How To Find Microsoft Office Product Keys

Locate Your Lost Microsoft Product Key with a Key Finder Program

Most software programs require a product key as part of the installation process, including all recent versions of Microsoft Office. If you've lost your Microsoft Office product key, you'll need to find it before you can reinstall the software suite.

Microsoft Office product keys are encrypted inside the Windows Registry, so searching for them manually is nearly impossible. You'll find a string of numbers once you locate the correct registry key but what you'll find is encrypted text, not a working Office product key you can enter.

Luckily, several programs, called key finders, do the finding and decrypting for you, giving you your valid, paid-for Office product key - that missing puzzle piece so you can successfully reinstall the program.

Tip: If you don't find your key with using one of the methods outlined below, the only legal option you have left is to buy a brand new copy of MS Office. As often as you may come across free product keys for Office, or key generator programs, neither are good ways to go about this.

Screenshot of a document in Microsoft Word 2013
Microsoft Office 2013 (Word).

The Microsoft Office 2013 product key situation is unique compared to older versions of Office (below).

Unfortunately for us, only the last 5 characters of the 25-character Office 2013 product key is stored on your computer, making a product key finder pretty much useless in this case.

I know, right away I'm going back on some of the stuff I said above! For whatever reason, Microsoft completely changed how they handled product keys with Office 2013.

This doesn't change the fact that you still need that product key to reinstall Office 2013.

See How to Find Your Microsoft Office 2013 Product Key for help on what to do.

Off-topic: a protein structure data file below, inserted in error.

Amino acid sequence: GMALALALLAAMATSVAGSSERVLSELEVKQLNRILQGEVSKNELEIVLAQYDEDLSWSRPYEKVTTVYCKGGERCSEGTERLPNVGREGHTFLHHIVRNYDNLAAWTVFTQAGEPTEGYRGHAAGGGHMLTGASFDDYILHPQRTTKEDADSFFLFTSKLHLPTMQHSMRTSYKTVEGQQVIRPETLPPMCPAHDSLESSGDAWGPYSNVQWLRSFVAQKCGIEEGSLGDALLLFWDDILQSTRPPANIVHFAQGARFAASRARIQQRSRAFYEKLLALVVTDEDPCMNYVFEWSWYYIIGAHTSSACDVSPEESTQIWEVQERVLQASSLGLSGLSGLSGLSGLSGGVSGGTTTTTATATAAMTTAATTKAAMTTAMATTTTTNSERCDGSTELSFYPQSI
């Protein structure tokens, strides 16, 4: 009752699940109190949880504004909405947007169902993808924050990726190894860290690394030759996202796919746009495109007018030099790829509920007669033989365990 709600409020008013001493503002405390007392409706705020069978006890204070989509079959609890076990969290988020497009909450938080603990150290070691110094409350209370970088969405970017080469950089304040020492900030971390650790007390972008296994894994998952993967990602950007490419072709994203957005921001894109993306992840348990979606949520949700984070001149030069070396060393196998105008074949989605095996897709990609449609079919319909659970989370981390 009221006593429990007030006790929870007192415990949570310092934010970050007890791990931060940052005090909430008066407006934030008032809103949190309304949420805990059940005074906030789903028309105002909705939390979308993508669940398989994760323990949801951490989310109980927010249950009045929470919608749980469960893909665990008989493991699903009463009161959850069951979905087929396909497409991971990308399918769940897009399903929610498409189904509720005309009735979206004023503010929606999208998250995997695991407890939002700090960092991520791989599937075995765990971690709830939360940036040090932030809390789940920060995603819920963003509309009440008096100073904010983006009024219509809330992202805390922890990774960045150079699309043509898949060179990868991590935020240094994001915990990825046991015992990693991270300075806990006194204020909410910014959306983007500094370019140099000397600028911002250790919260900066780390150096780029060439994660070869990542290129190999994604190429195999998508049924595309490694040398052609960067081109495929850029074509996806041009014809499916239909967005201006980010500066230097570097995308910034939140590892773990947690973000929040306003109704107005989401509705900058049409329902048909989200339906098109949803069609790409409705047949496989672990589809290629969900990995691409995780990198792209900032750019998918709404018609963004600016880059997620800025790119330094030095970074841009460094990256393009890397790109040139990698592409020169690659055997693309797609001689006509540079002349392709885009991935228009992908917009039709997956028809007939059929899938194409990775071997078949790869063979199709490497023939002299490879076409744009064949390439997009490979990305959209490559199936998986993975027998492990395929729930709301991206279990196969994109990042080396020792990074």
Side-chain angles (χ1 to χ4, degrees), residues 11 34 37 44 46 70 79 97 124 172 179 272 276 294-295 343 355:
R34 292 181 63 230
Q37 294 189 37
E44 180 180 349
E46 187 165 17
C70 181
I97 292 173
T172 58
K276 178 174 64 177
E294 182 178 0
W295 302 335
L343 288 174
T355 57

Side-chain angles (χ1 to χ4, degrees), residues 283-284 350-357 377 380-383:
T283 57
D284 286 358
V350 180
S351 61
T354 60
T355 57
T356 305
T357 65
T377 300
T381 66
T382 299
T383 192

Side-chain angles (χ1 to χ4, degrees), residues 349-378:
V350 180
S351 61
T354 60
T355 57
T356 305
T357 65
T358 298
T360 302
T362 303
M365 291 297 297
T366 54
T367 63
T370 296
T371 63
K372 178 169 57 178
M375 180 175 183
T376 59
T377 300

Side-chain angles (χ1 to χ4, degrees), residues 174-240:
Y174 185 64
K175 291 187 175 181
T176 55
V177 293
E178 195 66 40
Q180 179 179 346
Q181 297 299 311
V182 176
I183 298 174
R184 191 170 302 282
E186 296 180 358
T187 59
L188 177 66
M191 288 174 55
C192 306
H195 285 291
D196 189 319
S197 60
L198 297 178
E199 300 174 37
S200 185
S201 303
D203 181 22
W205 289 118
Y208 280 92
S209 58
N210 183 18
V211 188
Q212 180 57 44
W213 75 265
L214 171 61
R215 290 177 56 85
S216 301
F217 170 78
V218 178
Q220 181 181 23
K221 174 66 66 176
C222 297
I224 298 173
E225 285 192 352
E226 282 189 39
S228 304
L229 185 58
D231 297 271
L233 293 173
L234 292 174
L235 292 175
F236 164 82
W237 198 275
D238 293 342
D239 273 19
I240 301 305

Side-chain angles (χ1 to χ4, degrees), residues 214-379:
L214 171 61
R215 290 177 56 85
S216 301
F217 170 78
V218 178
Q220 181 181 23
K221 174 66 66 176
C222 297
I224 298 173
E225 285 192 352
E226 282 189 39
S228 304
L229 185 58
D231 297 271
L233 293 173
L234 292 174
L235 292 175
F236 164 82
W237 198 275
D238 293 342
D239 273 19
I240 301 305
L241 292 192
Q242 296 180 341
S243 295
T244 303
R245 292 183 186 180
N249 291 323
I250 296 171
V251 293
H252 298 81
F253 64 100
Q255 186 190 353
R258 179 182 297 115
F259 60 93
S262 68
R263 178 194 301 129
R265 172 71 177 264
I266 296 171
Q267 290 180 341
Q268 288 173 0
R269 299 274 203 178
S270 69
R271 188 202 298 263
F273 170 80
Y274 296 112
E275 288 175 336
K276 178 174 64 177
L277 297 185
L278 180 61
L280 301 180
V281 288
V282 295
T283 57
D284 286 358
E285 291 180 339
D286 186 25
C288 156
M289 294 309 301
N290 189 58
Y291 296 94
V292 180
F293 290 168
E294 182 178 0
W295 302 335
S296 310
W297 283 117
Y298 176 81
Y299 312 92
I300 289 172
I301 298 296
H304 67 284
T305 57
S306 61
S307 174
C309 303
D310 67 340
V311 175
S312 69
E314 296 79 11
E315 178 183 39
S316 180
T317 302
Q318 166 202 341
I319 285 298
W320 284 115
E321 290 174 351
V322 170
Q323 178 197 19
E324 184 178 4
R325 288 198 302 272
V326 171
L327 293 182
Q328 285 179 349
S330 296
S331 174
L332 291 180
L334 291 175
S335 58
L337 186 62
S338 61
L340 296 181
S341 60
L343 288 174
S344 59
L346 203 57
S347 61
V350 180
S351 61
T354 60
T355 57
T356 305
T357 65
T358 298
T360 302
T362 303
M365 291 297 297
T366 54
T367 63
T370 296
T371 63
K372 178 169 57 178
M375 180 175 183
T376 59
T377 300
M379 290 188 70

It's not all bad news that key finder programs are no longer helpful with Office 2013. In fact, the new way that Microsoft is handling Office keys might not be such a bad thing after all. More »

Screenshot of a document in Microsoft Word 2010
Microsoft Office 2010 (Word).

Like all versions of Office, Microsoft Office 2010 and Microsoft Office 2007 both require a unique product key during the installation process.

If you're sure that you no longer have the physical product key for your version of Microsoft Office, or you've lost or deleted the email receipt that included the product key in it, you might, as I mentioned in the introduction above, be able to extract the key from the registry using a key finder tool.

See How to Find Your Microsoft Office 2010 or 2007 Product Key for a detailed tutorial.

LicenseCrawler, the key finder program I recommend for Office 2010 & 2007 product keys in that tutorial, will find your product key in just seconds. More »

Screenshot of a document in Microsoft Word 2002
Microsoft Office XP (Word 2002).

Older versions of Microsoft Office, like Office 2003 (2003), Office XP (2001), Office 2000 (1999), and Office 97 (1996) all also require product keys during installation.

Considering how old some of these versions of Microsoft Office are, I'd be surprised if anyone still has the product key around.

See How to Find Your Office 2003, XP, 2000, or 97 Product Key for details on the best way to find those installation codes.

Note: The Office 2010/2007 tutorial above could be used for any of these versions of Office as well, but I've found that Keyfinder Thing, the key finder tool I recommend in this tutorial, does a better job with these older suites. More »